Watchdog Group Faults FCC Plan to Measure Mobile Data Speeds
True speeds must be disclosed in carriers' ads, critics argue
Friday, September 7, 2012
The Federal Communications Commission’s plan to launch a program to measure mobile broadband service performance in the United States falls short of providing adequate protection, Consumer Watchdog charges. Cell phone carriers must be required to disclose data speeds in their advertisements if consumers are to benefit, the group said.
Citing deceptive and confusing advertising by mobile phone companies concerning data speeds, Consumer Watchdog last month petitioned the FCC to require wireless carriers to disclose actual network data speeds in advertisements and at the point of sale.
Consumer Watchdog pointed to AT&T’s advertising of the iPhone 4S as an example of 4G/data speed marketplace abuse. In a petition to the FCC, the group said:
“In January 2012, AT&T began marketing the iPhone 4S as being a 4G phone, even though Apple represents it as 3G -- a fact that was reflected on the phone itself: when connected to the AT&T network, a ‘3G’ icon appeared on the screen. Then, in March 2012, the iPhone’s software was suddenly updated so the screen displayed a ‘4G’ icon. Nothing else about the phone or AT&T’s network had changed, yet AT&T immediately began an advertising campaign flaunting the phone’s improved, faster 4G speeds.”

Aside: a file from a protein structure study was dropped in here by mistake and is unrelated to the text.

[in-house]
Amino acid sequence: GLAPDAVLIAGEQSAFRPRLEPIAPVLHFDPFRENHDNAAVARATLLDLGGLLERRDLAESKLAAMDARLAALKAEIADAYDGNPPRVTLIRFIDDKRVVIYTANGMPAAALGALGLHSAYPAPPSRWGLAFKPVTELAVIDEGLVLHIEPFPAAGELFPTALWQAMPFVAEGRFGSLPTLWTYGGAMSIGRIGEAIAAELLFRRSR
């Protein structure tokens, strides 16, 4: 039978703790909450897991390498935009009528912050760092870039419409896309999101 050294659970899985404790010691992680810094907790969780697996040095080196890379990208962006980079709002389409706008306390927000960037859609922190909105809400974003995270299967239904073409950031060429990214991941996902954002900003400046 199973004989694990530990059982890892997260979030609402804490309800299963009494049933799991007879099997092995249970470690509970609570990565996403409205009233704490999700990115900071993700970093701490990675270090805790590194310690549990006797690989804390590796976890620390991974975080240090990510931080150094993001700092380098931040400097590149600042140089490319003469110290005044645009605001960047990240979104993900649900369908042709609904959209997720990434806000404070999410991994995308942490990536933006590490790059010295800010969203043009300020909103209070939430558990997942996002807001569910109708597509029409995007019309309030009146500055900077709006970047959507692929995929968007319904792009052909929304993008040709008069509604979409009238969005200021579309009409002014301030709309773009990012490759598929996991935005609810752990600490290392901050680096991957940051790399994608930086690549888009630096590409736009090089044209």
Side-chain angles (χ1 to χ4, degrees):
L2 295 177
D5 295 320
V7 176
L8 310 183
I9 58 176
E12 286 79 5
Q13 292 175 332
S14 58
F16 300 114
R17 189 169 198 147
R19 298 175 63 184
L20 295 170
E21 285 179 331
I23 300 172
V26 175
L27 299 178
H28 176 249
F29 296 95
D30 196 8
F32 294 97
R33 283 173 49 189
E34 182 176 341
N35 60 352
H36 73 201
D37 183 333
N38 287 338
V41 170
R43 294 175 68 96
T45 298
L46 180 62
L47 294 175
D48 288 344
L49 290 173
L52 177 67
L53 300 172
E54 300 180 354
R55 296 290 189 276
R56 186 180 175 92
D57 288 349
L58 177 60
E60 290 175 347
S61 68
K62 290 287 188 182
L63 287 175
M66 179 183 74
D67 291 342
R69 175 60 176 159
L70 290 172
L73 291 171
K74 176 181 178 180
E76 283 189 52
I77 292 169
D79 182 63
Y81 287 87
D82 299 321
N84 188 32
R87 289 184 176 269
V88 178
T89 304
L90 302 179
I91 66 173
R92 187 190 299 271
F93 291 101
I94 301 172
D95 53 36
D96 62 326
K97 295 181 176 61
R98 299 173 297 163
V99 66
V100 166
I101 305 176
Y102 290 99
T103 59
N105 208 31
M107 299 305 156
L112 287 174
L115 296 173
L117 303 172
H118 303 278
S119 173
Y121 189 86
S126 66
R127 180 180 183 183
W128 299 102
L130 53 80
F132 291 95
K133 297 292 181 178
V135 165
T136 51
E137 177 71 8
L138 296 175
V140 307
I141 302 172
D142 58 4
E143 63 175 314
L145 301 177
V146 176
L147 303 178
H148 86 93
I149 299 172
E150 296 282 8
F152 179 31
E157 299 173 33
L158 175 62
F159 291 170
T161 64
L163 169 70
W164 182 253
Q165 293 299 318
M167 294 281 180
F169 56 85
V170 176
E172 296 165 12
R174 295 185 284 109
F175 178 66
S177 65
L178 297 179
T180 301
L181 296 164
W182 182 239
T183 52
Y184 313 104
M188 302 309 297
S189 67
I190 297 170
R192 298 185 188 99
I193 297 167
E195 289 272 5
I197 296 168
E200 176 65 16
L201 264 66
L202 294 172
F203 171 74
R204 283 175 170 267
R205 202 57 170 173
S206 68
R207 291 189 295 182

The nonprofit, nonpartisan group told the FCC that technical speed standards for “4G” mobile technology are universally ignored by U.S. cell phone companies, which now promise “faster, 4G” speeds in virtually every advertisement, “either without actually making improvements to existing products and services or without disclosing the meaning of 'faster.’
“Having accurate information about how fast a smartphone downloads data is essential when a consumer choses a device and carrier,” said John M. Simpson, a consumer advocate with the public interest group. “But unless the information is clearly disclosed in advertisements and at the point of sale it is inaccessible and virtually useless.”
“The FCC's mobile broadband testing and measurement program does not go far enough,” said Laura Antonini, Consumer Watchdog staff attorney. “The public may finally get some reliable information on mobile broadband data speeds, but it will not prevent wireless carriers from fooling consumers with inaccurate and confusing data speed claims.”
The Commission announced an open meeting on Sept 21 to discuss the methods for performance testing of mobile broadband Internet service, approaches to remotely acquiring and analyzing such data, and other methodological considerations for the testing of mobile broadband performance.
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